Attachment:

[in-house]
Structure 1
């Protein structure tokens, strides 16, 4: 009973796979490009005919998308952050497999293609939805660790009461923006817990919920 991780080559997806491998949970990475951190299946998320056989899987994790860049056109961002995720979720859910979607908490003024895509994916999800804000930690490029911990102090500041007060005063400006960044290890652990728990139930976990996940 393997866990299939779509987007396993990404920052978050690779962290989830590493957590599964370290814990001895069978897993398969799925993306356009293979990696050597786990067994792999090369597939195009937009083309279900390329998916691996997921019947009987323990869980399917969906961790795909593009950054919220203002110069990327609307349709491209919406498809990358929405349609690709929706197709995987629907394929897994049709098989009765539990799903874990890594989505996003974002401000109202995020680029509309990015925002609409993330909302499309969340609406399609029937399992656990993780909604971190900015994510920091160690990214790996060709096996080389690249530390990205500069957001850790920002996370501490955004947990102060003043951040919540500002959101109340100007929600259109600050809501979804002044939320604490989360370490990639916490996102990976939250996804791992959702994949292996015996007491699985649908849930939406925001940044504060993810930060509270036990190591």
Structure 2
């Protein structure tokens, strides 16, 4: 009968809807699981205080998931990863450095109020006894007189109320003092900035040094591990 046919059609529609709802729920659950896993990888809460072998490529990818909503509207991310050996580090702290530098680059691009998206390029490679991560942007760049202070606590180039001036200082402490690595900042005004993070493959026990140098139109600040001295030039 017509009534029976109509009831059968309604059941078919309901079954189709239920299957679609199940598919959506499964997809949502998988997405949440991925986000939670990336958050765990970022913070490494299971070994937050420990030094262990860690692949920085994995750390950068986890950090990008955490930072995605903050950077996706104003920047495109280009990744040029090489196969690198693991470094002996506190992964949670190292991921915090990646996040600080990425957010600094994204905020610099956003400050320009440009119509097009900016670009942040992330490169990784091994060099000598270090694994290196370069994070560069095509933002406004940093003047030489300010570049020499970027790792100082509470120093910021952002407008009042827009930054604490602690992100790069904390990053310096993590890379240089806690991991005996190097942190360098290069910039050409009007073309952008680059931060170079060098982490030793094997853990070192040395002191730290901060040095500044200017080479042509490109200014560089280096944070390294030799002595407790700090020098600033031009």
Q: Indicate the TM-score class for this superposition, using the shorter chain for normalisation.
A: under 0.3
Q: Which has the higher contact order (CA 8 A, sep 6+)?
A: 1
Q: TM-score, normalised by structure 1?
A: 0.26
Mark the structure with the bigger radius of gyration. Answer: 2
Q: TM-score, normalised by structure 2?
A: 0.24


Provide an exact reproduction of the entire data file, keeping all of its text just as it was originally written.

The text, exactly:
[in-house]
Structure 1
């Protein structure tokens, strides 16, 4: 009973796979490009005919998308952050497999293609939805660790009461923006817990919920 991780080559997806491998949970990475951190299946998320056989899987994790860049056109961002995720979720859910979607908490003024895509994916999800804000930690490029911990102090500041007060005063400006960044290890652990728990139930976990996940 393997866990299939779509987007396993990404920052978050690779962290989830590493957590599964370290814990001895069978897993398969799925993306356009293979990696050597786990067994792999090369597939195009937009083309279900390329998916691996997921019947009987323990869980399917969906961790795909593009950054919220203002110069990327609307349709491209919406498809990358929405349609690709929706197709995987629907394929897994049709098989009765539990799903874990890594989505996003974002401000109202995020680029509309990015925002609409993330909302499309969340609406399609029937399992656990993780909604971190900015994510920091160690990214790996060709096996080389690249530390990205500069957001850790920002996370501490955004947990102060003043951040919540500002959101109340100007929600259109600050809501979804002044939320604490989360370490990639916490996102990976939250996804791992959702994949292996015996007491699985649908849930939406925001940044504060993810930060509270036990190591």
Structure 2
């Protein structure tokens, strides 16, 4: 009968809807699981205080998931990863450095109020006894007189109320003092900035040094591990 046919059609529609709802729920659950896993990888809460072998490529990818909503509207991310050996580090702290530098680059691009998206390029490679991560942007760049202070606590180039001036200082402490690595900042005004993070493959026990140098139109600040001295030039 017509009534029976109509009831059968309604059941078919309901079954189709239920299957679609199940598919959506499964997809949502998988997405949440991925986000939670990336958050765990970022913070490494299971070994937050420990030094262990860690692949920085994995750390950068986890950090990008955490930072995605903050950077996706104003920047495109280009990744040029090489196969690198693991470094002996506190992964949670190292991921915090990646996040600080990425957010600094994204905020610099956003400050320009440009119509097009900016670009942040992330490169990784091994060099000598270090694994290196370069994070560069095509933002406004940093003047030489300010570049020499970027790792100082509470120093910021952002407008009042827009930054604490602690992100790069904390990053310096993590890379240089806690991991005996190097942190360098290069910039050409009007073309952008680059931060170079060098982490030793094997853990070192040395002191730290901060040095500044200017080479042509490109200014560089280096944070390294030799002595407790700090020098600033031009």
Q: Indicate the TM-score class for this superposition, using the shorter chain for normalisation.
A: under 0.3
Q: Which has the higher contact order (CA 8 A, sep 6+)?
A: 1
Q: TM-score, normalised by structure 1?
A: 0.26
Mark the structure with the bigger radius of gyration. Answer: 2
Q: TM-score, normalised by structure 2?
A: 0.24